Transfer. The personal information your company gathers is likely transferred between computer systems and employees, and often to other computer systems, in many areas. Every time the information is transferred, an opportunity is created for an attacker to access it. Identify how the information is protected during transfer, and how the employee or system receiving the information is authenticated.

Storage. The personal information will be stored somewhere in your company, perhaps even in multiple locations at the same time. Determine who has authorized access to the information, where it's stored, and how it's protected.

Use. Determine whether and how personal information your company gathers will be used by authorized employees and applications. Identity the employees who have authorized access to the information while it's in use, and determine how applications protect it and whether the use is permitted by the policy under which the information was gathered.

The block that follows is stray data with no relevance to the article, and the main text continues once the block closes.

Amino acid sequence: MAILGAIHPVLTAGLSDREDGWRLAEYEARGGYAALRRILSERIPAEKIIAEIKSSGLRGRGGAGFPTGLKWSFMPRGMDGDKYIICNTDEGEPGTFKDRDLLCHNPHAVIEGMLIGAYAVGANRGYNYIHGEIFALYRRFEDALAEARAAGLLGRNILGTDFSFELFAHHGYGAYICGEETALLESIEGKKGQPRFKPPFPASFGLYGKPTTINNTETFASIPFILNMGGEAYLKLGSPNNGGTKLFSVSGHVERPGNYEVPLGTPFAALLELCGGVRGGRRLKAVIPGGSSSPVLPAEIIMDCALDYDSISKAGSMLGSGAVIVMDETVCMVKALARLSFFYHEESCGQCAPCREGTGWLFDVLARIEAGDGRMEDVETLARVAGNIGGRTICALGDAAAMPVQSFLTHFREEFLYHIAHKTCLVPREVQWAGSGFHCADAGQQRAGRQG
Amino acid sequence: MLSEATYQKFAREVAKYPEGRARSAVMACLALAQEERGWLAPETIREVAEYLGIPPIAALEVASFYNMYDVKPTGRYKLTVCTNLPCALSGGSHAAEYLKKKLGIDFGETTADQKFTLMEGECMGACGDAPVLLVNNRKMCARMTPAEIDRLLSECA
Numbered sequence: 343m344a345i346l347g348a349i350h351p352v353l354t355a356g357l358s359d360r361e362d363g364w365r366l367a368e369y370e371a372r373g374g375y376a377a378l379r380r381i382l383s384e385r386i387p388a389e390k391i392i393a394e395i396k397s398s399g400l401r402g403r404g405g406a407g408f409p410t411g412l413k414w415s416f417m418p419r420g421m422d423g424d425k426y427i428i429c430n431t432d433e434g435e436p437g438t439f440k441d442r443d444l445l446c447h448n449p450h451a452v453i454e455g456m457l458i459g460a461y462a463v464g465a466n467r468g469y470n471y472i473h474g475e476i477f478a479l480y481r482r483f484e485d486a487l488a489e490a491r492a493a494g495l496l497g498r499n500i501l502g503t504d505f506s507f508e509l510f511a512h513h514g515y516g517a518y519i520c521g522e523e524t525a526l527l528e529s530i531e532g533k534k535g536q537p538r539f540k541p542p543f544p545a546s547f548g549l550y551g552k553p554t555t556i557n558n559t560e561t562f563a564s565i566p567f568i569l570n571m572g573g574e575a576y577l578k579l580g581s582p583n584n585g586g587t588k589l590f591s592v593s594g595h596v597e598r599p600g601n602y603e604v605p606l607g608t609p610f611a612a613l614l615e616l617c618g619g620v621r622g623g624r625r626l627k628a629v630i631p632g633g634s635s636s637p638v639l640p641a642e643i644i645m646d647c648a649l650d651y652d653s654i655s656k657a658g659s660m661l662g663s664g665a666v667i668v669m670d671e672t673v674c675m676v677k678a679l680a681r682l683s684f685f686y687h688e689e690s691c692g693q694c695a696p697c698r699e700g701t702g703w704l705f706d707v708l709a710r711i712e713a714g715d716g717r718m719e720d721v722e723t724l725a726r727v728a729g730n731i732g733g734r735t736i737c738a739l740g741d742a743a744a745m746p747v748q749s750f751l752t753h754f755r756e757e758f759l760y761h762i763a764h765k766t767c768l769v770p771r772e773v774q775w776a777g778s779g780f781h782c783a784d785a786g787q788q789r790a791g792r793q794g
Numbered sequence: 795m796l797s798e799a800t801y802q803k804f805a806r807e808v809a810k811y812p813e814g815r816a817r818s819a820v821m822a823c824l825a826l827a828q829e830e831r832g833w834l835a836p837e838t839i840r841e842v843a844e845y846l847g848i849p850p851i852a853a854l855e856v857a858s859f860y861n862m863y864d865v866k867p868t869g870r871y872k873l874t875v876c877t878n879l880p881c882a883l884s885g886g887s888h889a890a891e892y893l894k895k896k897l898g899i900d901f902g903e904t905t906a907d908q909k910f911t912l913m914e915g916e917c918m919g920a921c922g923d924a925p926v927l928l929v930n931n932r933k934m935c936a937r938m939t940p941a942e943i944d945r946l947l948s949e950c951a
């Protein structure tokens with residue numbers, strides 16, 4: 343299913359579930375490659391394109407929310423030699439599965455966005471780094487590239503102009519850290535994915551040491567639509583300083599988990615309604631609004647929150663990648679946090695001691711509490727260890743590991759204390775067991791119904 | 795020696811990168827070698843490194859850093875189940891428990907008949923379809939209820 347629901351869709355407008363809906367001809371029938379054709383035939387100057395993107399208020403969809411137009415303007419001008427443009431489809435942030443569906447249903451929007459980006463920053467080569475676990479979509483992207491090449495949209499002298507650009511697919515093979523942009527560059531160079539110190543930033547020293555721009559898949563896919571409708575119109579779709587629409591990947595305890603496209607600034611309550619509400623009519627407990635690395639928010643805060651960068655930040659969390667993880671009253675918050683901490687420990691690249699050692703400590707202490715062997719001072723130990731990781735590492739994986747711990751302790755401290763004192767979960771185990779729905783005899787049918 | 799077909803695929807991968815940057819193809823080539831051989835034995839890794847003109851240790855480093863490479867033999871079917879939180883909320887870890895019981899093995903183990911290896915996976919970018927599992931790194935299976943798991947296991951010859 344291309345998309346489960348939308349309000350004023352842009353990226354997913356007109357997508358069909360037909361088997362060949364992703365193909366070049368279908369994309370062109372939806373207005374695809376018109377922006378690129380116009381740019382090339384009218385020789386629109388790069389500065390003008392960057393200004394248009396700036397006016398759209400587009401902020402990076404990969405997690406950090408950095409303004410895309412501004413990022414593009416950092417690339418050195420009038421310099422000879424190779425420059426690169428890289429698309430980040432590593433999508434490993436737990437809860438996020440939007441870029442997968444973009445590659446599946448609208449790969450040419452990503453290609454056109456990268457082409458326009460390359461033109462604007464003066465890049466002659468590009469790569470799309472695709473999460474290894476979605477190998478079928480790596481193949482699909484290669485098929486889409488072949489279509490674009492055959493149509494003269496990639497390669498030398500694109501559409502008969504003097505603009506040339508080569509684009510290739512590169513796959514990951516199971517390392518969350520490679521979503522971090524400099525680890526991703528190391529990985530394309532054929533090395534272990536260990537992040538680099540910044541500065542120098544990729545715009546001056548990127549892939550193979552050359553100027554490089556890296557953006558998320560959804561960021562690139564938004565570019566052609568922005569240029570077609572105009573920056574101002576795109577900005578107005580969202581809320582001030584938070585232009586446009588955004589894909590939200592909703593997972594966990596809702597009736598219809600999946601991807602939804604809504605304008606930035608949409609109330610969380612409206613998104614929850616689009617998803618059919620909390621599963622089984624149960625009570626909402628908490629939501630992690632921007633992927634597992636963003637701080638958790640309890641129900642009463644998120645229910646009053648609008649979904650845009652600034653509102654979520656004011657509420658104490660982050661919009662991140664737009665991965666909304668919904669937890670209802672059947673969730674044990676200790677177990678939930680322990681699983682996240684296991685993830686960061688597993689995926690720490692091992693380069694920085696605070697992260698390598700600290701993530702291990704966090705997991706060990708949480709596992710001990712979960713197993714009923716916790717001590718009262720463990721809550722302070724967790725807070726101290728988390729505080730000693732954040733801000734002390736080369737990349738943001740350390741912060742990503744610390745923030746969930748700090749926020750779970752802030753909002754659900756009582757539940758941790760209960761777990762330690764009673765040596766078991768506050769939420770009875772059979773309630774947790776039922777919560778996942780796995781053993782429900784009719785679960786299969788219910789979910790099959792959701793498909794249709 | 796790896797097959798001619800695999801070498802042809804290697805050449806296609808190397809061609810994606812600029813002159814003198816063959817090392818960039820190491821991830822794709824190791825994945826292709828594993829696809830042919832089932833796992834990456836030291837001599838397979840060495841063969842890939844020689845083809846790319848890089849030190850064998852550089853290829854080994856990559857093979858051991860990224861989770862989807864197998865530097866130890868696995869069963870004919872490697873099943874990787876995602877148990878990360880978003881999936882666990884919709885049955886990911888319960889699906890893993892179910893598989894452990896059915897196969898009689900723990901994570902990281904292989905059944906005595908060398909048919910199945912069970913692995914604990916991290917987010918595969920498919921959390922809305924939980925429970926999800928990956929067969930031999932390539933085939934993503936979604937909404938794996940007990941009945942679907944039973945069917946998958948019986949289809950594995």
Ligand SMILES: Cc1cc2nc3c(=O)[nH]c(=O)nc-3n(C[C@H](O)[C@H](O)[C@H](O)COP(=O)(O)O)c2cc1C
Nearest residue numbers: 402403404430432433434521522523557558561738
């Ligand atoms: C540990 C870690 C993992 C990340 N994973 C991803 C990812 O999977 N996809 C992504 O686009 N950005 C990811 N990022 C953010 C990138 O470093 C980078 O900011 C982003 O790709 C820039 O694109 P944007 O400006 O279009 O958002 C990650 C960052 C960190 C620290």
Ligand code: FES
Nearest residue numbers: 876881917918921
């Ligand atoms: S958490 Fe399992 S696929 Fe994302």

Disposal. Personal information should be stored only as long as the company requires it for its intended and express purpose. At the end of its useful lifetime, the data needs to be disposed of, which usually means formatting or wiping hard disks and destroying other types of media. Be sure to also consider the disposal of nonelectronic formats, such as printed documents. What is your company's plan for disposing of expired personal information?

Et Tu, IT?
Tracing the flow of personal information that your company gathers through these five areas of potential exposure will help you to quickly locate points of obvious vulnerability, such as unencrypted backup tapes or weak database security, and will provide an excellent foundation for deeper assessments of a particular area. Should you find areas of risk, you'll be able to give your company's executives better defined and more effective warning than the soothsayer gave Caesar.